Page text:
The Department of Justice and the U.S. Attorney’s Office for the Eastern District of Texas today announced an agreement with the City of Farmersville, Texas, to resolve allegations that the City violated the Religious Land Use and Institutionalized Persons Act of 2000 (RLUIPA) when, in July 2017, it denied an application by the Islamic Association of Collin County (Islamic Association) to build a cemetery.
“There is no place in our community for religious discrimination,” said U.S. Attorney Joseph D. Brown. “Our office is committed to protecting religious freedom.”
“Federal law protects the rights of all religious communities to buy or rent land for religious purposes including places of worship, religious schools, charitable activities, and cemeteries without discrimination or the imposition of unwarranted burdens,” said Assistant Attorney General Eric Dreiband of the Civil Rights Division. “The Department of Justice will continue to vigorously enforce this important right.”
The settlement agreement resolves a lawsuit the United States filed today in the U.S. District Court for the Eastern District of Texas. After the City denied the Islamic Association’s application to build a religious cemetery, the United States opened an investigation of the City’s actions in September 2017. In August 2018, the United States notified the City that it had concluded that the City had violated RLUIPA and intended to file suit, and offered the City an opportunity to negotiate a resolution. In September 2018, the City and the Islamic Association entered into a separate agreement allowing for the approval of the cemetery and in December 2018, the City approved the Islamic Association’s application to develop the land as a cemetery.
The United States’ complaint alleges that the City’s denial of the Islamic Association’s application to develop the property as a cemetery imposed a substantial burden on the Islamic Association’s religious exercise and discriminated against the Islamic Association on the basis of religion. The City denies the allegations. As part of the agreement, the City has agreed to provide training to its officials and employees about their obligations under RLUIPA and to notify the public about the City’s compliance with RLUIPA in its zoning and land use actions.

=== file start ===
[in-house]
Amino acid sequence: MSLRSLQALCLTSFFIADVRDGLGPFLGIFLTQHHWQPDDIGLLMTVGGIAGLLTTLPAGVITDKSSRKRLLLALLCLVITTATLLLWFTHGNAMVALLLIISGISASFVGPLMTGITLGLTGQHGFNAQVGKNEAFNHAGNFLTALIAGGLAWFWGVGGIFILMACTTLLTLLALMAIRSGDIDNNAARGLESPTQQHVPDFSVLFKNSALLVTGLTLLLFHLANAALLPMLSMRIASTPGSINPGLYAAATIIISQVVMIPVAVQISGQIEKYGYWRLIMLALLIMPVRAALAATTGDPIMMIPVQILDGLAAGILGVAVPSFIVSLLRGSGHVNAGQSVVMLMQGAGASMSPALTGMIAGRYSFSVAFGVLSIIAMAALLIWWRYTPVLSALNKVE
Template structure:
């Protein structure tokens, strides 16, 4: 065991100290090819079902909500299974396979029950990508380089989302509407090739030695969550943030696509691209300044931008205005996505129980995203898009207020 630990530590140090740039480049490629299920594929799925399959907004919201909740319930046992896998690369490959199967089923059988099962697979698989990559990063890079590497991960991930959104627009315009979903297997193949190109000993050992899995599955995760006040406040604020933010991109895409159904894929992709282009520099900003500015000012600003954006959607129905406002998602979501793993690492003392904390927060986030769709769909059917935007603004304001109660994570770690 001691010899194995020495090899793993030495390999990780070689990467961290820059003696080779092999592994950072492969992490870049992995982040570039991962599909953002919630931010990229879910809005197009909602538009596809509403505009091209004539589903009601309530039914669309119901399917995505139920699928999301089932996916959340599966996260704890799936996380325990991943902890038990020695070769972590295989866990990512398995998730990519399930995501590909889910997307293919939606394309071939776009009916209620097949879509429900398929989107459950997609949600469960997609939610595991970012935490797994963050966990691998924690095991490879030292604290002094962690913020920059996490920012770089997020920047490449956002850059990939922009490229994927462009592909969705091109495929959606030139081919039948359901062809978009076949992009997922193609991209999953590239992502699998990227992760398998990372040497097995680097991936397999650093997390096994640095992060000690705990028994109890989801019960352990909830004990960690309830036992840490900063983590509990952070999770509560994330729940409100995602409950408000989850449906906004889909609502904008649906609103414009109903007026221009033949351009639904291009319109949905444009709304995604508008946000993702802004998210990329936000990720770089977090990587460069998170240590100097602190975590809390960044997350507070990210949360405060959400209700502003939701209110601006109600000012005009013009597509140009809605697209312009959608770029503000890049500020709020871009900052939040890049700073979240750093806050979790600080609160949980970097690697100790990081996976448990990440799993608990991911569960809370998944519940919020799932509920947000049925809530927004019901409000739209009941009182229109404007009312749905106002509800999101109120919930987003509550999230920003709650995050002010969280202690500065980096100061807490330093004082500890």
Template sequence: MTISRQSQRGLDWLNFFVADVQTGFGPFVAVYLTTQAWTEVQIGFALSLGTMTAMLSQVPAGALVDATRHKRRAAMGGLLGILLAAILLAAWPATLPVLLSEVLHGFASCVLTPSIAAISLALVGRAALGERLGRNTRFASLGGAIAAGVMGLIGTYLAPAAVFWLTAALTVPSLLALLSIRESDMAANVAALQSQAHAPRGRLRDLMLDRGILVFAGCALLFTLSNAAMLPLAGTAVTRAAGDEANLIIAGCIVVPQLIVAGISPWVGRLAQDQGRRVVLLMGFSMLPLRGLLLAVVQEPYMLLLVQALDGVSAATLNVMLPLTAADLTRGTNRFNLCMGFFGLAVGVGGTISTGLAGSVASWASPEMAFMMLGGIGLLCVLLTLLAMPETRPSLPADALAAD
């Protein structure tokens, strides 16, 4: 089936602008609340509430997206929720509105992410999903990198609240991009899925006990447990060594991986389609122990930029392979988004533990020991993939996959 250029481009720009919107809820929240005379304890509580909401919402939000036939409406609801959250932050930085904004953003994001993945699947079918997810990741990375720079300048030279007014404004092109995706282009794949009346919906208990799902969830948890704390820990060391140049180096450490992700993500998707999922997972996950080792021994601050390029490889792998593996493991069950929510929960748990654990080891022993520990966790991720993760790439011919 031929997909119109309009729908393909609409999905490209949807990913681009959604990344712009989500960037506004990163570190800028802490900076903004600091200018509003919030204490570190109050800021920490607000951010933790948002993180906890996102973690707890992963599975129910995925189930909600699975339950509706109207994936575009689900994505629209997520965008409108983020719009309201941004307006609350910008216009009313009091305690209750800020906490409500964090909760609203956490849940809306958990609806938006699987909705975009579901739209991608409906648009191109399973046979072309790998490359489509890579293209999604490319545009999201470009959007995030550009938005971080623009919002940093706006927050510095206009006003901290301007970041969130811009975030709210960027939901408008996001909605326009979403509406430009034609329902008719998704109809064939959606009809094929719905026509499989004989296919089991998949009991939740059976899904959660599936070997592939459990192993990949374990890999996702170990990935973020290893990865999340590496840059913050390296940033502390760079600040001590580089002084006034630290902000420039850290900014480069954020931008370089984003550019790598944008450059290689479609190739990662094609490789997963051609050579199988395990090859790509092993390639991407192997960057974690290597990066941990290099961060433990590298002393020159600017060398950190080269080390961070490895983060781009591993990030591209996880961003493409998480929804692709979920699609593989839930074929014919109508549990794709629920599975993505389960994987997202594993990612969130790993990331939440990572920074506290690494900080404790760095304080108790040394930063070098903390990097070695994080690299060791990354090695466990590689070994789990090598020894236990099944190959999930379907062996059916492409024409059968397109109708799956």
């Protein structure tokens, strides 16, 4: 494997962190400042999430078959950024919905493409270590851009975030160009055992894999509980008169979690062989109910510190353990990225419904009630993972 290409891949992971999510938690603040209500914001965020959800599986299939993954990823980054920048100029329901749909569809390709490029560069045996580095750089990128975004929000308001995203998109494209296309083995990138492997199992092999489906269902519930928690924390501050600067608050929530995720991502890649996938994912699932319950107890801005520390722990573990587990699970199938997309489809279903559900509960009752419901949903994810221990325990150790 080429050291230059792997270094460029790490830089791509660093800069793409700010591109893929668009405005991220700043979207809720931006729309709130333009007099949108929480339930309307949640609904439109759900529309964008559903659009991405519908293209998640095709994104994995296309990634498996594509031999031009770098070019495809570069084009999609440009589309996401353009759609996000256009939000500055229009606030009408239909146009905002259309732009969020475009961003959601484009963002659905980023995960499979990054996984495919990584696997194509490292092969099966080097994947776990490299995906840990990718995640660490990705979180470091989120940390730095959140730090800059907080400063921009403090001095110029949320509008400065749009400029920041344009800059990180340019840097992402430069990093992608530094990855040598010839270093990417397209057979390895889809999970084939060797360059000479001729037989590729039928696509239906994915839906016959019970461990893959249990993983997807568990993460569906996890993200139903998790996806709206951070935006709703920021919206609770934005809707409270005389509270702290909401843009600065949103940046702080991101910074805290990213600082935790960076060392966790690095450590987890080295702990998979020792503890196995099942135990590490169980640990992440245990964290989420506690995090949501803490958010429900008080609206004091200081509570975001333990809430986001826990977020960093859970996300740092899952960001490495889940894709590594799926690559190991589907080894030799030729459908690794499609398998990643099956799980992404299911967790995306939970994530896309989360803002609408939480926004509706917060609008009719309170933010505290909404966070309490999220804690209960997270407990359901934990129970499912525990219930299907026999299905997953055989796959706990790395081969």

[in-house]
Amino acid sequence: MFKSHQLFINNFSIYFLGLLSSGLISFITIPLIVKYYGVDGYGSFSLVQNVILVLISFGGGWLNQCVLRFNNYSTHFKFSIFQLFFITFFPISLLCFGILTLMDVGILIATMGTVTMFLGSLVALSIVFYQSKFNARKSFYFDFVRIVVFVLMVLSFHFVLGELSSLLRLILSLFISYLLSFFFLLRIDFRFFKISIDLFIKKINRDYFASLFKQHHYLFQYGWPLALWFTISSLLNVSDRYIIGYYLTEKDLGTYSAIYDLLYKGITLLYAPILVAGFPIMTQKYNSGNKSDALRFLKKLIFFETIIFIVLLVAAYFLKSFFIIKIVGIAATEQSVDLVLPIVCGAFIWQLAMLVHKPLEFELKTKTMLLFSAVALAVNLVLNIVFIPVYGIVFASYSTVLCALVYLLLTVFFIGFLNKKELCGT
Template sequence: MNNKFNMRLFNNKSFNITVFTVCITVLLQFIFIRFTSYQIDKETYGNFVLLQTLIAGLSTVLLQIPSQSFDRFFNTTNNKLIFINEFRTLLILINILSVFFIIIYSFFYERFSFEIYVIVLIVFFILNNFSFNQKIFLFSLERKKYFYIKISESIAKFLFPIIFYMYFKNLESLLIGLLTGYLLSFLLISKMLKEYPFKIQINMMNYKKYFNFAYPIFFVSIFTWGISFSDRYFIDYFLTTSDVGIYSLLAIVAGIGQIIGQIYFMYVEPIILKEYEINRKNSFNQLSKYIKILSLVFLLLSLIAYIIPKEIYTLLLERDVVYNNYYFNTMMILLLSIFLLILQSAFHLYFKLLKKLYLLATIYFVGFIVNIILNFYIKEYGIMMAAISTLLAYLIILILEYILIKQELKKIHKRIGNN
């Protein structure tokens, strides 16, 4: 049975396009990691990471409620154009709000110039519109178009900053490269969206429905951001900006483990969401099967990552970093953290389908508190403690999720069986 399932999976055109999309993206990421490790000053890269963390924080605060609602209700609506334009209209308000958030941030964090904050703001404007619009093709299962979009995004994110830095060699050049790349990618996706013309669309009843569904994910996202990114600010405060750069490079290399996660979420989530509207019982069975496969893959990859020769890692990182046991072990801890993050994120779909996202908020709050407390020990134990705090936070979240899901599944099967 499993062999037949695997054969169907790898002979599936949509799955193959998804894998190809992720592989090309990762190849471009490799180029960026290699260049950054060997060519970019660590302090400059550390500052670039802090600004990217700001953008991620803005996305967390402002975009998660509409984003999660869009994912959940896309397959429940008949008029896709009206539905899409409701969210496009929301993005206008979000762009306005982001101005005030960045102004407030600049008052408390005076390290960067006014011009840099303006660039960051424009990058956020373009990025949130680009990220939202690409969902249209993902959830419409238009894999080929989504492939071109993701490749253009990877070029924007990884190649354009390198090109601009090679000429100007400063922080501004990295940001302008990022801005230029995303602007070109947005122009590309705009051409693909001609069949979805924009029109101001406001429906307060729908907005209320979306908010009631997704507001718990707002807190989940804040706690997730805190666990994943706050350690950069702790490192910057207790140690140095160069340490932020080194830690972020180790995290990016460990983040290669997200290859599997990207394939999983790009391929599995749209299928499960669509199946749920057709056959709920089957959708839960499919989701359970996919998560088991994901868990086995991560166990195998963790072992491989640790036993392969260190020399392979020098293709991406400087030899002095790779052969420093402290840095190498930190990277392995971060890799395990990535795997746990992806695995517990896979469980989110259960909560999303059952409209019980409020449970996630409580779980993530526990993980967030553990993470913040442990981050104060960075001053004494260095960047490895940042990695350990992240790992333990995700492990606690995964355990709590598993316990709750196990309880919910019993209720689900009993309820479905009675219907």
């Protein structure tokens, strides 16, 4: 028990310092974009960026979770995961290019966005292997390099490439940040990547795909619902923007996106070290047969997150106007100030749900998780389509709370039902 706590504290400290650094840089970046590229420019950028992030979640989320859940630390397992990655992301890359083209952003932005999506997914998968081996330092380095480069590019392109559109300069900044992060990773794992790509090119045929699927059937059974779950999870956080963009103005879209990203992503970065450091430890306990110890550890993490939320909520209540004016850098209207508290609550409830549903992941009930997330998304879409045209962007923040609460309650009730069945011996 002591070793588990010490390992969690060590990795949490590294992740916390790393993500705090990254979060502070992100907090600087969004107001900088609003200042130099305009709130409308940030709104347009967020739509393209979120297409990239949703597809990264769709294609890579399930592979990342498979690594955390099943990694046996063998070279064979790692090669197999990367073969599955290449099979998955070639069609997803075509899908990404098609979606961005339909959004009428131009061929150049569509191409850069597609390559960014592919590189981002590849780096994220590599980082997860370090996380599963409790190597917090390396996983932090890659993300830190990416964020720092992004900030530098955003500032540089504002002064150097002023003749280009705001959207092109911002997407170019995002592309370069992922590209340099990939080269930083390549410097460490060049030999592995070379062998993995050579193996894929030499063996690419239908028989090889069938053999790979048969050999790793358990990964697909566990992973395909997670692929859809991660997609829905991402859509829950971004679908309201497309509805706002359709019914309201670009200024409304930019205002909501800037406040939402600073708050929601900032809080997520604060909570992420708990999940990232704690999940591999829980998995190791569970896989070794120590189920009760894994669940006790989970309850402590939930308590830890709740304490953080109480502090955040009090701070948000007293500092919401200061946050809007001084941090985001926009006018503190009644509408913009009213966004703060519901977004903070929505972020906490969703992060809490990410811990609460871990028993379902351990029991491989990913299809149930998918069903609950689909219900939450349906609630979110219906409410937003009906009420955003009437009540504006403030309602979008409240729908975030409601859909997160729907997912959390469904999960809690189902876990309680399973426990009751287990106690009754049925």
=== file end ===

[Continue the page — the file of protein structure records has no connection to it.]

RLUIPA is a federal law that protects religious institutions from unduly burdensome or discriminatory land use regulations. In June 2018, the Justice Department announced its Place to Worship Initiative, which focuses on RLUIPA’s provisions that protect the rights of houses of worship and other religious institutions to worship on their land. More information is available at www.justice.gov/crt/placetoworship.
In July 2018, the Department of Justice announced the formation of the Religious Liberty Task Force. The Task Force brings together Department components to coordinate their work on religious liberty litigation and policy, and to implement the Attorney General’s 2017 Religious Liberty Guidance.
Individuals who believe they have been subjected to discrimination in land use or zoning decisions may contact the Civil Rights Division Housing and Civil Enforcement Section at (800) 896-7743, or through the complaint portal on the Place to Worship Initiative website. More information about RLUIPA, including questions and answers about the law and other documents, may be found at http://www.justice.gov/crt/about/hce/rluipaexplain.php.
This matter is being handled by Eastern District of Texas Assistant U.S. Attorney James Gillingham and Civil Chief Josh Russ.